How would I go about calculating and designing a circuit that can produce an axial magnetic field greater than 20 Tesla for about 1.4 μs (full width at half maximum). The dimensions of the solenoid must meet the constraint of a cylinder with length=5mm and radius=0.5mm. The risetime of the pulse must be less than or equal to 1μs.

This lab seems like a LOT to digest... Anyways, I figured it would make most sense to use a capacitive energy storage device. How would I go about beginning to develop a design for this, assuming that this needs to be buildable with real life components, and not just have a 2000A current source powering a solenoid with a little switch :^) Any pointers on what formulas to start looking at, terms to start googling would help. I tried to solve this as a physics problem, but I'm not getting much information from that. I assume this requires a more intricate usage of 1st and 2nd Order circuits.

Thanks in advance for the help! :P

  • \$\begingroup\$ You've specified the radius of the cylinder. Over what area within that radius must the 20 T be produced? How will the measurement be made? \$\endgroup\$
    – jonk
    Commented May 12, 2020 at 2:02
  • \$\begingroup\$ Marx generator? Supercooled magnet? \$\endgroup\$ Commented May 12, 2020 at 2:05
  • 1
    \$\begingroup\$ I'm thinking that the area which the 20T field must act upon is within the inner diameter of the solenoid. Not outside the solenoid. @jonk \$\endgroup\$
    – graphpaper
    Commented May 12, 2020 at 2:18
  • \$\begingroup\$ You can easily calculate the magnetic field of a solenoid. The problem is 20 Tesla is a lot. For this not to be trivial you must be expected to take heating into consideration. But thats a whole problem itself, especially given how small the thing is supposed to be. You will probably want superconductors, but thats not something many labs are going to get into. \$\endgroup\$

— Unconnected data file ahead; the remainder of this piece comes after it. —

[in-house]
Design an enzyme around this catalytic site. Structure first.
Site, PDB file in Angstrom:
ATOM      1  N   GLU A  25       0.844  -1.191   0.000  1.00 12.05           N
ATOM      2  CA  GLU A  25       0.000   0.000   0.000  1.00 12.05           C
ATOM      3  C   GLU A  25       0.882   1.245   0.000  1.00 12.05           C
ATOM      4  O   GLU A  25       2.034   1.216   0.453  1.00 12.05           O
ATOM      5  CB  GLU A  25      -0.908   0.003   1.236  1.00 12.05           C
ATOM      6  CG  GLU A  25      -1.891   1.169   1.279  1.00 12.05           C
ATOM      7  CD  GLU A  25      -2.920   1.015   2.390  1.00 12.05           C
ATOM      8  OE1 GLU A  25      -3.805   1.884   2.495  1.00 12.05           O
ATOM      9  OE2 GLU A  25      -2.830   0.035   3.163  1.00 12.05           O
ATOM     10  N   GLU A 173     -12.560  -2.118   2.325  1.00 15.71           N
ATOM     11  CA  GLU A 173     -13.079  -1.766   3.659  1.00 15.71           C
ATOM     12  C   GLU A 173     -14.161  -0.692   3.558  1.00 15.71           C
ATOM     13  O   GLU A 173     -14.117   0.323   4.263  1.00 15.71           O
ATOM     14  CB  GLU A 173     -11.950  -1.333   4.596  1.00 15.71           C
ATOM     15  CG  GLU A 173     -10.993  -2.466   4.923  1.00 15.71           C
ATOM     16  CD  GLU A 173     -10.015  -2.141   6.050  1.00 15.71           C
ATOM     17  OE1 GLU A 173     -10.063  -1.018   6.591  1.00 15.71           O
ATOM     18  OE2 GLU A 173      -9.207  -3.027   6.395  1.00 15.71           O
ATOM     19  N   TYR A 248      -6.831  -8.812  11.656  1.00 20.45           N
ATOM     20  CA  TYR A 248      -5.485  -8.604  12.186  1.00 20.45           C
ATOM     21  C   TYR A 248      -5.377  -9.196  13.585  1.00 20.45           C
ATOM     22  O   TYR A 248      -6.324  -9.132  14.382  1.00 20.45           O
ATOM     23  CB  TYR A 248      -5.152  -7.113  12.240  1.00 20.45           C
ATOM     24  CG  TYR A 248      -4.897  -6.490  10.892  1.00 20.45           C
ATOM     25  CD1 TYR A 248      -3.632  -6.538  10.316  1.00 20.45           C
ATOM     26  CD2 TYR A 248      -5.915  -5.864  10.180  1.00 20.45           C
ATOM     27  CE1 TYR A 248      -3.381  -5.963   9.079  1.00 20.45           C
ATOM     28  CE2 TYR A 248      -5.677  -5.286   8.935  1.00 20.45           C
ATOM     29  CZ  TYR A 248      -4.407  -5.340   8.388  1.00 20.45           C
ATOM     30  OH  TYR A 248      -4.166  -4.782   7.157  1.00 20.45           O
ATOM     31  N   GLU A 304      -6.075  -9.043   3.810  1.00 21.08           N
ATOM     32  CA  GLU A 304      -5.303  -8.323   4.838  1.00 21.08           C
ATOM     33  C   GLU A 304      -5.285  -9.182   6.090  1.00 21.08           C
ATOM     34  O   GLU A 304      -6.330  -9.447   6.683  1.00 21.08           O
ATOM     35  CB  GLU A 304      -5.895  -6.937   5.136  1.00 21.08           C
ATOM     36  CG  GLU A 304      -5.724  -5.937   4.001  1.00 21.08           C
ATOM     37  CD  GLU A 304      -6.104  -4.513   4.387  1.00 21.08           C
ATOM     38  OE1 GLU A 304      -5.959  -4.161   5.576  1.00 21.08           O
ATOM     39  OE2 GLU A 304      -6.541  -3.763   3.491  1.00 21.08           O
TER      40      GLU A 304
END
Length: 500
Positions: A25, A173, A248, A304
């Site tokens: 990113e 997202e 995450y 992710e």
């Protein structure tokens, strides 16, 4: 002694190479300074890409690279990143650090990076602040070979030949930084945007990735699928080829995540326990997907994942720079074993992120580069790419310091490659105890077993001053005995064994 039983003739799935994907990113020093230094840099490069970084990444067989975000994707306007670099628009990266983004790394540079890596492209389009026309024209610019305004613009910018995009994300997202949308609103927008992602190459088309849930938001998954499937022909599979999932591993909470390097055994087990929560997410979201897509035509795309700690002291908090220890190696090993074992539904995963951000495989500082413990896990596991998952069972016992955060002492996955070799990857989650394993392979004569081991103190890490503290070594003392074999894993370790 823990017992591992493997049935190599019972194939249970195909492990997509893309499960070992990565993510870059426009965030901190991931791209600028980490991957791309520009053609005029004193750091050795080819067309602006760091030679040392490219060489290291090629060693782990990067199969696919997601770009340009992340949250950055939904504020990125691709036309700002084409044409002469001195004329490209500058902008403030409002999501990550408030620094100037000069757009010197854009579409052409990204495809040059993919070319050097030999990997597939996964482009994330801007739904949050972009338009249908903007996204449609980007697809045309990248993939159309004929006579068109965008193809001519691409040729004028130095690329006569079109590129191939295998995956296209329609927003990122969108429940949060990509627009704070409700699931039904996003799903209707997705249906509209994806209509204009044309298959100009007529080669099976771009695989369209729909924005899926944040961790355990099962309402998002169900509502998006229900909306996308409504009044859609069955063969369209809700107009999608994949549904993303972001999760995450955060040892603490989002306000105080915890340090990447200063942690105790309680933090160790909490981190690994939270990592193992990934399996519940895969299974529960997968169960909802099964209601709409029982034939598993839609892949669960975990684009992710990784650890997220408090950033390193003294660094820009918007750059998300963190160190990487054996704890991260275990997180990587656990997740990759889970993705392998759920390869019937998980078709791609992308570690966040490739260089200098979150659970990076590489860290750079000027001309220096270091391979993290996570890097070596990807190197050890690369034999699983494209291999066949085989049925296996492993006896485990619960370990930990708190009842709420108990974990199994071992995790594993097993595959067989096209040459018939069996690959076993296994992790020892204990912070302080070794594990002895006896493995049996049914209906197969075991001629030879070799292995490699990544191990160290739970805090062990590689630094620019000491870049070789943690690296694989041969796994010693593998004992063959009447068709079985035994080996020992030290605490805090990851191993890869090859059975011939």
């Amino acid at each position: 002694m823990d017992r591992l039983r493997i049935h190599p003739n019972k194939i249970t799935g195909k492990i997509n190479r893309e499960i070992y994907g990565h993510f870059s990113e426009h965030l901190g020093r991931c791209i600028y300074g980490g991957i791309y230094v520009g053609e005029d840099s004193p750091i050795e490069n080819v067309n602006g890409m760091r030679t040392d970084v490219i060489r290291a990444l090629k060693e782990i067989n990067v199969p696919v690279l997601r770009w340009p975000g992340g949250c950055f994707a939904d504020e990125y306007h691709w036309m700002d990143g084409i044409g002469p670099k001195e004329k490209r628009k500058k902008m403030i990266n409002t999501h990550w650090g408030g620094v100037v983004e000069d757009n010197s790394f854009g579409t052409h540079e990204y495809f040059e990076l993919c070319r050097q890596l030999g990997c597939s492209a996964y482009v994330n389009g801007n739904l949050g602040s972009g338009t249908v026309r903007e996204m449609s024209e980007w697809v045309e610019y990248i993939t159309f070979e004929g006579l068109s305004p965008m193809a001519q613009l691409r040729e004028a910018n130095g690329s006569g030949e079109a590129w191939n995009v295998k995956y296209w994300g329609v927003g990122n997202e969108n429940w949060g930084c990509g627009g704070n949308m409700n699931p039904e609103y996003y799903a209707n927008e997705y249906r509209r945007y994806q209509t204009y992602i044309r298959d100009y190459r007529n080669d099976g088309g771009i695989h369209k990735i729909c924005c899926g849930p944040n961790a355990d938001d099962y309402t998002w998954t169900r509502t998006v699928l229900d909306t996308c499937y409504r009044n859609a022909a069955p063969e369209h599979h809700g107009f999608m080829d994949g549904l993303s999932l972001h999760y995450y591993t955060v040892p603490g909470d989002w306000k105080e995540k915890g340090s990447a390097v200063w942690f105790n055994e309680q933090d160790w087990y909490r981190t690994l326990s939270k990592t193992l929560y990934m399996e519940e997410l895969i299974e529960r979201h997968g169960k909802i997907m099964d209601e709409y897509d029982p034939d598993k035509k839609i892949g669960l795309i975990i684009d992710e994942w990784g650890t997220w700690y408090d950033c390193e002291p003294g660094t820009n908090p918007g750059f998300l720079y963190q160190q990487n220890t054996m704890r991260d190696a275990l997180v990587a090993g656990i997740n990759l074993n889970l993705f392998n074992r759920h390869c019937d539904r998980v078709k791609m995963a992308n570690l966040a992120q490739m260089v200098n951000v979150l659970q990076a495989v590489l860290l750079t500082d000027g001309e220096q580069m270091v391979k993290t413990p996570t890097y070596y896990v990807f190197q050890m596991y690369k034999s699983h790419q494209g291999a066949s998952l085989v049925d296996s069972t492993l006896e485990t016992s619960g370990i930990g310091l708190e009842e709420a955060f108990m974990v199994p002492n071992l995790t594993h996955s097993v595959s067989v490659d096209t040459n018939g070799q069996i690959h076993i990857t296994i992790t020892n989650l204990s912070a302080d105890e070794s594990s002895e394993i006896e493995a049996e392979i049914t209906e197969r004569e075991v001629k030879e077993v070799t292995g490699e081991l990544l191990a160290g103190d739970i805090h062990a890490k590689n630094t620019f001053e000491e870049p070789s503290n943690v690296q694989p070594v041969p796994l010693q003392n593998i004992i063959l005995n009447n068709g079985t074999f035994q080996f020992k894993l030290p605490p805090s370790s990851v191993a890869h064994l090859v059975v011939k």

– Matt
    Commented May 12, 2020 at 2:19
  • \$\begingroup\$ What makes you think it is possible.? Do the math. Compute the concentric force vs current \$\endgroup\$ Commented May 12, 2020 at 2:21

1 Answer 1


over 0.5 millimeter, you can only wrap the tiniest of wire gauge.

Give copper of size a METER has thermal time constant 9600 seconds,
of size 0.1 meter is 96 seconds,
of size 0.01 meter is 0.96 seconds
of size 0.001 meter (1 millimeter( is 0.0096 seconds (9.6 milliseconds)
of size 0.0001 meter (100 microns, or 4X that of bondwires used in silicon packages)
is 0.000096 seconds or 9.6 microseconds,

then the thermal duration 9.6uS >> 1uS suggests you CAN build something that thermally MIGHT survive long enough.

You can now examine the mechanical stresses (sudden acceleration) of gold wires (why not) only 25 micron in diameter.

And examine the rate of heat generation, to determine if the many? turns of gold wire will vaporize, or that the surface merely will ablate away because SKIN EFFECT will keep the heat on the surface.

Have fun.


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